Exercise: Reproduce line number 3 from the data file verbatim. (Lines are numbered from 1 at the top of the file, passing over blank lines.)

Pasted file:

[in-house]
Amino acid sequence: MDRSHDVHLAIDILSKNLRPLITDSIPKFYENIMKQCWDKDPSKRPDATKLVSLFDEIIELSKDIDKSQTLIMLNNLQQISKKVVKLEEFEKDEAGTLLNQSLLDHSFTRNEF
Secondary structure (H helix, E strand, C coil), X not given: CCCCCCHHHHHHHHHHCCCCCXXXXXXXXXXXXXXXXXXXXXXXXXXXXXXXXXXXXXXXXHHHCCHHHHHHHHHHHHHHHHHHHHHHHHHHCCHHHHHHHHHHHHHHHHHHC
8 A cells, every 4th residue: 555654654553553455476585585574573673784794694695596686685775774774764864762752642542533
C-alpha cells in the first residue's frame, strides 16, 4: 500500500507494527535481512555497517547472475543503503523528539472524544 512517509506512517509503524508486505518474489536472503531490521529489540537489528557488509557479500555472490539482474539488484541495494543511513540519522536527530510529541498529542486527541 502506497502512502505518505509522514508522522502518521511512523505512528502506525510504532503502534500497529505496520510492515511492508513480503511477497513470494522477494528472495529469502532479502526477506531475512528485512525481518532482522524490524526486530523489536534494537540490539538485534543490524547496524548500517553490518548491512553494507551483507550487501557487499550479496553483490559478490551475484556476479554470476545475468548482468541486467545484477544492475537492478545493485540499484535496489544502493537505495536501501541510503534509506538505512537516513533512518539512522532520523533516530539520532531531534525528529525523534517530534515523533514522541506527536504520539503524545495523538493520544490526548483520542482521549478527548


Secondary structure (H helix, E strand, C coil), X not given: CCCCCCHHHHHHHHHHCCCCCXXXXXXXXXXXXXXXXXXXXXXXXXXXXXXXXXXXXXXXXHHHCCHHHHHHHHHHHHHHHHHHHHHHHHHHCCHHHHHHHHHHHHHHHHHHC